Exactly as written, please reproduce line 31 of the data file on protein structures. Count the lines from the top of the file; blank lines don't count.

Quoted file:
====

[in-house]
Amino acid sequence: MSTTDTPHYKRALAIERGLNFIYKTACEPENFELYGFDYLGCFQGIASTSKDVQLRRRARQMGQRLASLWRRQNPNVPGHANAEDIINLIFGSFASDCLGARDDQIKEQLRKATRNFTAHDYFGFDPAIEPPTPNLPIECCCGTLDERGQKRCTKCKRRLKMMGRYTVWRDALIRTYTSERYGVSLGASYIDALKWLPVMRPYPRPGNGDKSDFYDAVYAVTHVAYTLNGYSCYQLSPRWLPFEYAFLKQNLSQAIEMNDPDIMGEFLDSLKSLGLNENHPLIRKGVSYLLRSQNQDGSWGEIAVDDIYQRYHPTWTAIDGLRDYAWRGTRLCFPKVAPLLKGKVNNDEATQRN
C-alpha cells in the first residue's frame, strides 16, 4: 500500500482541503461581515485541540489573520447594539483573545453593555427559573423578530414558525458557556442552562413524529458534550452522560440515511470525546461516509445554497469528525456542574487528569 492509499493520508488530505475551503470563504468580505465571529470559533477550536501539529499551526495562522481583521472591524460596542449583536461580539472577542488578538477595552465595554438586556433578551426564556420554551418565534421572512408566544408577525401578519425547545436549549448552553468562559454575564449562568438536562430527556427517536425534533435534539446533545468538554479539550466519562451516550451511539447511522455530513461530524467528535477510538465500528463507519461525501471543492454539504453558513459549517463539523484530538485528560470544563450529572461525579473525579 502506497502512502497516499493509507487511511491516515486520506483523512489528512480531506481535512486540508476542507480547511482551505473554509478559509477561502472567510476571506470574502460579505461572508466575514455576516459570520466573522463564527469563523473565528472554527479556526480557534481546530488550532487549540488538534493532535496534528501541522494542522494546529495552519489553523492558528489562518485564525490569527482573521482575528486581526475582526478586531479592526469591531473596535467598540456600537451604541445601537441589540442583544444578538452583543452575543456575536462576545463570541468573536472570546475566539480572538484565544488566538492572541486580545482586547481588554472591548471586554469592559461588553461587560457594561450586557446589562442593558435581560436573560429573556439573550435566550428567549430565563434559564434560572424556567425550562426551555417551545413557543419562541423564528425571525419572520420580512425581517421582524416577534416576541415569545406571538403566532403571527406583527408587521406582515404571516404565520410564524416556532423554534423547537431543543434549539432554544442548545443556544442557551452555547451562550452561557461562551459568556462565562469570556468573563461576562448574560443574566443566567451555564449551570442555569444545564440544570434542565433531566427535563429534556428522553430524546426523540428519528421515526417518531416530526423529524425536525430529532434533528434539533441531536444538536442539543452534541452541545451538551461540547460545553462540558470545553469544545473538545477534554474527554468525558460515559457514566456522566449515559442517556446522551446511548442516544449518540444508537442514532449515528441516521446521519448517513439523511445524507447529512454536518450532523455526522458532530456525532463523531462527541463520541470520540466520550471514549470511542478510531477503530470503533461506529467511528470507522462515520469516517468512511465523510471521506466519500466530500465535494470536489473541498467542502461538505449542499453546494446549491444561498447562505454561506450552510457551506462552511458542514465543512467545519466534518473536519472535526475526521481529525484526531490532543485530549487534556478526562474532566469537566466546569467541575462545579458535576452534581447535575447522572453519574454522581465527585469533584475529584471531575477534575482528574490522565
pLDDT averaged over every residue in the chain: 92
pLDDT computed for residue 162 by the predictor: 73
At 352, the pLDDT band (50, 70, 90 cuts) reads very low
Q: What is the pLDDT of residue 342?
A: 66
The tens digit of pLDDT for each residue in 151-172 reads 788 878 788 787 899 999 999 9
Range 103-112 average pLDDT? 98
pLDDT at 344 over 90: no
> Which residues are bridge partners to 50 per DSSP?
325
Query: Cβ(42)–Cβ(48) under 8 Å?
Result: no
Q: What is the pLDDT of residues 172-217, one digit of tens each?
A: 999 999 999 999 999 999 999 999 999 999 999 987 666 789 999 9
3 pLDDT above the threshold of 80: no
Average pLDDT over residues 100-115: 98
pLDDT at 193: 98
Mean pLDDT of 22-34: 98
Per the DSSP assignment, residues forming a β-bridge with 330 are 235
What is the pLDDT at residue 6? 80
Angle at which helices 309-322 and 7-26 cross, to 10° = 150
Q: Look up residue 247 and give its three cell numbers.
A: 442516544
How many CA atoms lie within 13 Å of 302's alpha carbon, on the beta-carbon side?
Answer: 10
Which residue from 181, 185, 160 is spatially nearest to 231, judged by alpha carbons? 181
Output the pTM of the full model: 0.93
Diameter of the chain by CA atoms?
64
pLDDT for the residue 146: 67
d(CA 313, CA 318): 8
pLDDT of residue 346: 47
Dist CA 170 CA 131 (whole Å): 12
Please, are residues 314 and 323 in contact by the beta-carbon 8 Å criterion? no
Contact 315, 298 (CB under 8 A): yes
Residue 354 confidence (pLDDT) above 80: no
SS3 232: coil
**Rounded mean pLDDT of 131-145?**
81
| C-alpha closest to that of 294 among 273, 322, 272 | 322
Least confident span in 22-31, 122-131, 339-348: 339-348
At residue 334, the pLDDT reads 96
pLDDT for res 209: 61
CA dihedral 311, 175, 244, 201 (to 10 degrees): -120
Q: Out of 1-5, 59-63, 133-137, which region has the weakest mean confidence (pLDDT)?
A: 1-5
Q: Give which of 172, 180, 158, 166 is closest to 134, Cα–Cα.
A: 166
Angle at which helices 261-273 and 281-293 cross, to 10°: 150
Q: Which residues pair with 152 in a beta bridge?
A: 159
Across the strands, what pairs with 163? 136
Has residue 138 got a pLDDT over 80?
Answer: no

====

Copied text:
Diameter of the chain by CA atoms?